By Bill Finley
Earle Mack is right. This industry, which is mired in a crisis, can no longer afford to ignore the most obvious solution to its problems, which are synthetic tracks.
Mack wrote just that in an Op/Ed that appeared in this publication last week. If you haven't read it yet, please do so now. It is powerful, articulate and well-reasoned and was written by someone whose credentials demand that we respect his opinion. He is a horse owner, a breeder, a former U.S. Ambassador to Finland and a smart and successful businessman who clearly loves this sport and does not want it to be pushed to the edge of extinction. It may be the most important story you will read all year.
“The responsibility lies with horse racing's governing bodies, influential race track directors, and all key stakeholders to rally behind a transition to synthetic tracks,” he wrote. “Their public endorsement and commitment to safer racing conditions would signal the beginning of the transformative change our industry desperately needs.”
The 12 deaths at Churchill Downs have created a dangerous firestorm unlike anything racing has ever encountered. We only thought the problems at Santa Anita in 2019 were bad. That was an ugly story but it was largely a California story that didn't resonate with the national media. This time, we are talking about the most famous track in the country, the GI Kentucky Derby and two deaths on the Derby undercard.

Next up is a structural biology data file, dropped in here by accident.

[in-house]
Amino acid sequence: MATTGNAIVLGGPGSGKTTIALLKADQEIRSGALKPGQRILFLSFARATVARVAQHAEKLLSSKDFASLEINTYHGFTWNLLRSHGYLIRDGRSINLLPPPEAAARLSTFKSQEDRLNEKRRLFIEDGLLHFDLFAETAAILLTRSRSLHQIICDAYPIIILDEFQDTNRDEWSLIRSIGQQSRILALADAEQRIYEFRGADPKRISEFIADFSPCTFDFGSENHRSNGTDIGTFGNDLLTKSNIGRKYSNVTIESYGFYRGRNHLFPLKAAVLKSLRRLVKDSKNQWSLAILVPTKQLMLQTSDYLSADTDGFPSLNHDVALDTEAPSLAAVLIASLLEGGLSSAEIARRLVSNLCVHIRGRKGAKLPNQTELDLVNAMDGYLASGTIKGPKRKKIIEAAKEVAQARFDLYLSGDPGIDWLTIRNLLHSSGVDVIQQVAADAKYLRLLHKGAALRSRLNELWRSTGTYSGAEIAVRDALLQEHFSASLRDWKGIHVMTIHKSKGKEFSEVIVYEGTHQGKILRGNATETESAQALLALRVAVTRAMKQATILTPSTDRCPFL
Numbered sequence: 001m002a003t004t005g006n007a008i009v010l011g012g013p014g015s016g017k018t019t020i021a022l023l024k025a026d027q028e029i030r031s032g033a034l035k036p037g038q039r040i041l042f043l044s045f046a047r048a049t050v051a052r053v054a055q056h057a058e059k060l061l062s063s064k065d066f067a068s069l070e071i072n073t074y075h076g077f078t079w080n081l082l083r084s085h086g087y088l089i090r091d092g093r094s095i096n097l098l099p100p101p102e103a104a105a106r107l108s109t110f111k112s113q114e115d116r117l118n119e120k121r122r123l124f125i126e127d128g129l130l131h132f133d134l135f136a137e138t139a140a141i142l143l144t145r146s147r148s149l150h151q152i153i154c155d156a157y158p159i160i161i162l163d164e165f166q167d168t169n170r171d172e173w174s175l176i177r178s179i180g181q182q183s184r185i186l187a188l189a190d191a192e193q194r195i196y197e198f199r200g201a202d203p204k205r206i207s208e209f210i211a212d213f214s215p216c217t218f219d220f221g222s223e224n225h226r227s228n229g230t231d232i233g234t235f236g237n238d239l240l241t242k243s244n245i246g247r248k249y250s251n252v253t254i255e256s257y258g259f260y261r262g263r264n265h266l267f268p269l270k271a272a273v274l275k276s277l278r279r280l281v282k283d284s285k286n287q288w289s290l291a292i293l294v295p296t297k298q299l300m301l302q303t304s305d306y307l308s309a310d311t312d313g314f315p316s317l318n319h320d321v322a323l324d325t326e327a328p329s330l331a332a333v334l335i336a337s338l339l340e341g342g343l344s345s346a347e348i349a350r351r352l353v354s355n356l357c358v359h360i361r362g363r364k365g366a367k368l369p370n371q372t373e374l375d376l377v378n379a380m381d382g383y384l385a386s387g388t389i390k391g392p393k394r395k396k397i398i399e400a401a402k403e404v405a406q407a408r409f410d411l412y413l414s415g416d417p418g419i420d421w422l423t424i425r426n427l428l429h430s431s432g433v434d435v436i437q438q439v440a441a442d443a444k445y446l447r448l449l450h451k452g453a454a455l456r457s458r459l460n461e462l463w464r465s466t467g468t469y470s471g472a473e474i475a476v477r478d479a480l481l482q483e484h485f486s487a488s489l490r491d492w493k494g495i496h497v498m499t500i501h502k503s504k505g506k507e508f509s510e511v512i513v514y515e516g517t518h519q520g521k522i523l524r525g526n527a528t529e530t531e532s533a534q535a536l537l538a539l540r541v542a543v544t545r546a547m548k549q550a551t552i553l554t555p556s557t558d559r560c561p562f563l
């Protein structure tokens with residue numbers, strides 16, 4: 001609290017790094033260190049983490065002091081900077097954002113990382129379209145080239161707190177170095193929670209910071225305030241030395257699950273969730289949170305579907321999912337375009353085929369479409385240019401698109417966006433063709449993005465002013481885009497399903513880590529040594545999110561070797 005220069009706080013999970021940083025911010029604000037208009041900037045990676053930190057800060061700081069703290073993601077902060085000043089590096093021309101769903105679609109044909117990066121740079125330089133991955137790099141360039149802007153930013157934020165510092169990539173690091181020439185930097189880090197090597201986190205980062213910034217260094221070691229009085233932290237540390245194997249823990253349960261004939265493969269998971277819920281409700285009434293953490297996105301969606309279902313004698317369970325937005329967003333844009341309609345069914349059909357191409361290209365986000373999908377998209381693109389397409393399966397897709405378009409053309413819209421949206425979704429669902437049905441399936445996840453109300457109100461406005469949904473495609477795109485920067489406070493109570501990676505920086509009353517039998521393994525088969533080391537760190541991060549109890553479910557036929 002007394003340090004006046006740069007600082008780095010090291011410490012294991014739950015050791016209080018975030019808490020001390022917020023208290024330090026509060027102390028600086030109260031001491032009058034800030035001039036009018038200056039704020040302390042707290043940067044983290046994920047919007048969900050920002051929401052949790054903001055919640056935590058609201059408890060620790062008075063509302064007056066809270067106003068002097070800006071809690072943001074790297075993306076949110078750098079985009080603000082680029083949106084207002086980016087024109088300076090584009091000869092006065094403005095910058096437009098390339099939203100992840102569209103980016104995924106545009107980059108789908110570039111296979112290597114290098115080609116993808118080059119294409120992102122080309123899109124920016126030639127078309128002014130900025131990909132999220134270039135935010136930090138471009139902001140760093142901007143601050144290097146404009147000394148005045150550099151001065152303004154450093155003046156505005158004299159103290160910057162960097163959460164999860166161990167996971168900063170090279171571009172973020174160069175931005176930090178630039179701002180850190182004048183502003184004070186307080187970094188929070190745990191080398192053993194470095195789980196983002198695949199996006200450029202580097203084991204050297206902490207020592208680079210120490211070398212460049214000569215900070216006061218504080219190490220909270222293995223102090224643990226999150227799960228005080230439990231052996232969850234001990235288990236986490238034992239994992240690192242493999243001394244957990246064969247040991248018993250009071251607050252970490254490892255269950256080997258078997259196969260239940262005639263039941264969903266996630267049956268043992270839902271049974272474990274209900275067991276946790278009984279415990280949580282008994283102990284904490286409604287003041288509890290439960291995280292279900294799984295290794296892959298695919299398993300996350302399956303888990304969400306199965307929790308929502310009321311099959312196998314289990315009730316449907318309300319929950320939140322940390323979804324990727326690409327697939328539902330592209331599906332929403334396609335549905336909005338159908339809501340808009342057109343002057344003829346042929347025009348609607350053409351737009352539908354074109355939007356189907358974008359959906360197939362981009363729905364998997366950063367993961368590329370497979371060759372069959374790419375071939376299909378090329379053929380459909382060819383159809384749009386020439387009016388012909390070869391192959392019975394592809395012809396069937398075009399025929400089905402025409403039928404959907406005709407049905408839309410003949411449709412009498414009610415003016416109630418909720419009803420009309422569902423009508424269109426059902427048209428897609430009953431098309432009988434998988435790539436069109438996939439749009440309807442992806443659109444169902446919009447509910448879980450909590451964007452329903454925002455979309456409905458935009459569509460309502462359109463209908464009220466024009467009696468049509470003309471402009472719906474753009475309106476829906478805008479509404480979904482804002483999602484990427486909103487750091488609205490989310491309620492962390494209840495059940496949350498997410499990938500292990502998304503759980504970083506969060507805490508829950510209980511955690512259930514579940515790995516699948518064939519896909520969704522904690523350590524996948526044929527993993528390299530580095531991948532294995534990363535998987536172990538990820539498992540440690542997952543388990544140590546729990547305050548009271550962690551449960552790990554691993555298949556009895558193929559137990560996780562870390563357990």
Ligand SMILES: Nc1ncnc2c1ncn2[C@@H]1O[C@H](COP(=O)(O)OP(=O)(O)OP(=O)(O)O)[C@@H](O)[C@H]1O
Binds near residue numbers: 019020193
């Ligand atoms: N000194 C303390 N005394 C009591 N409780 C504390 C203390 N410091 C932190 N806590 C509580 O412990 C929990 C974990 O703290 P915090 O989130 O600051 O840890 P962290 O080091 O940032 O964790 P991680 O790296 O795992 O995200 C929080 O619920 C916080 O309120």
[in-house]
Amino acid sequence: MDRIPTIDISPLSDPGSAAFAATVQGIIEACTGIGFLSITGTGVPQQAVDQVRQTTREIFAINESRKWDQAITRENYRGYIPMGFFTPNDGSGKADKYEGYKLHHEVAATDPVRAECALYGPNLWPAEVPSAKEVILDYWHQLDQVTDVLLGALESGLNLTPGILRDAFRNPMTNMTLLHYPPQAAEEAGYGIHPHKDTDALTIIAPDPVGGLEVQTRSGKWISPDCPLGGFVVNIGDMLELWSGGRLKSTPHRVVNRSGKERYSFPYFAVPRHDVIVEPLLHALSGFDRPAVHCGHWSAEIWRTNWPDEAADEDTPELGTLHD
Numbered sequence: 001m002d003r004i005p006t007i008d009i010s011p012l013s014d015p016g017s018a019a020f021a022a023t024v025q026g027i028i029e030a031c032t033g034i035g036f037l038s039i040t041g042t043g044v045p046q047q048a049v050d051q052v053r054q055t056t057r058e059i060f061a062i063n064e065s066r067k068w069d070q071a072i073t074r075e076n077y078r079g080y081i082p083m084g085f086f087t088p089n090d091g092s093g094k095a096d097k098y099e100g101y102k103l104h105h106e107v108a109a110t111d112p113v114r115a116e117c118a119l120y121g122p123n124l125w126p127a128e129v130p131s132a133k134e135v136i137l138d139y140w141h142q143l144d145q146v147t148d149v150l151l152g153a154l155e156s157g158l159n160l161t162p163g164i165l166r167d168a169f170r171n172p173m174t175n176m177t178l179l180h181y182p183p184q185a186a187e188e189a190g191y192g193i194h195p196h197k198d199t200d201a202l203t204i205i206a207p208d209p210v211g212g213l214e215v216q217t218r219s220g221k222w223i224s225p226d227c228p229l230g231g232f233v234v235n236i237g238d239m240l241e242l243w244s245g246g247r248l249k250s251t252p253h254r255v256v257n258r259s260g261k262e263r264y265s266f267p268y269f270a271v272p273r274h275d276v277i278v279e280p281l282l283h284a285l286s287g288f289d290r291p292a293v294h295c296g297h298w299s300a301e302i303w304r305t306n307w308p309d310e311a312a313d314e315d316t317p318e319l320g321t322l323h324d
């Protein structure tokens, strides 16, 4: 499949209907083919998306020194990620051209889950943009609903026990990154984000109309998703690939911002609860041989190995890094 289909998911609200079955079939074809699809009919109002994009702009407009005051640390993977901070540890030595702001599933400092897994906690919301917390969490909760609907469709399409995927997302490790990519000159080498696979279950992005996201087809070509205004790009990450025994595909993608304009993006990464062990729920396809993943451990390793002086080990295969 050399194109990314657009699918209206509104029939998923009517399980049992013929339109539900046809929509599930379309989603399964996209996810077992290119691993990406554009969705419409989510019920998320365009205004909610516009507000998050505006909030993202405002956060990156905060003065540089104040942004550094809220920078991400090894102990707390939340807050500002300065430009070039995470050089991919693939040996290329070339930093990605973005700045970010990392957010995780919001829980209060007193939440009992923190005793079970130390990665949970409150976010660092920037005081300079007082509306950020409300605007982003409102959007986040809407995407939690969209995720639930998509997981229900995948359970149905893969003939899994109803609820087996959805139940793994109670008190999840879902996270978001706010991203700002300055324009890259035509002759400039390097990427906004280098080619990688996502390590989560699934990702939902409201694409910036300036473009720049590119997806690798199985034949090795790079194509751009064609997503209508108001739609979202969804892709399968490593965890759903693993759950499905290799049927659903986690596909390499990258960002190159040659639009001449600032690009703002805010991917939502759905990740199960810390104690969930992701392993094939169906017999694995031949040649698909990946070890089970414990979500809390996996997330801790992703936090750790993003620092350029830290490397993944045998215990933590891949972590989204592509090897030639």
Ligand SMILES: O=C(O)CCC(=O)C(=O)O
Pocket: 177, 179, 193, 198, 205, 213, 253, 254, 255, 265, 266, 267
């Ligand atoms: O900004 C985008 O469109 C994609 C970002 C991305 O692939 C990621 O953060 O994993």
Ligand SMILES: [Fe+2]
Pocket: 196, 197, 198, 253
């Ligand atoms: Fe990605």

This is a story that has been widely covered by every major media outlet in the country and has led to a public debate: is our sport inhumane?
How do we answer that? The public no longer wants to hear about how loved these horses are by their owners, trainers, and grooms or that they are pampered and get the very best care possible and that they were born to run. What they want is for the deaths to greatly decrease if not stop all together.
To their credit, Churchill Downs, the Horseracing Integrity and Safety Authority (HISA) and the Kentucky Horse Racing Commission have stepped up and announced that changes are being made. Theirs is a genuine and concerted effort to do the right thing and to get to the bottom of what has been going on at Churchill. Moving the remainder of the Churchill meet to Ellis Park was a drastic step. Considering the widespread opinion that there is nothing wrong with the Churchill track surface, you can argue that it was overkill, but shutting Churchill down was a victory in the public relations battle, and that matters. The days when the sport shrugged this off and we were told “it's part of the game” are, thankfully, over.
But it's not enough. This sport must do absolutely everything it can to alleviate the problem. And it's not. And it won't until synthetic tracks replace dirt tracks throughout the sport.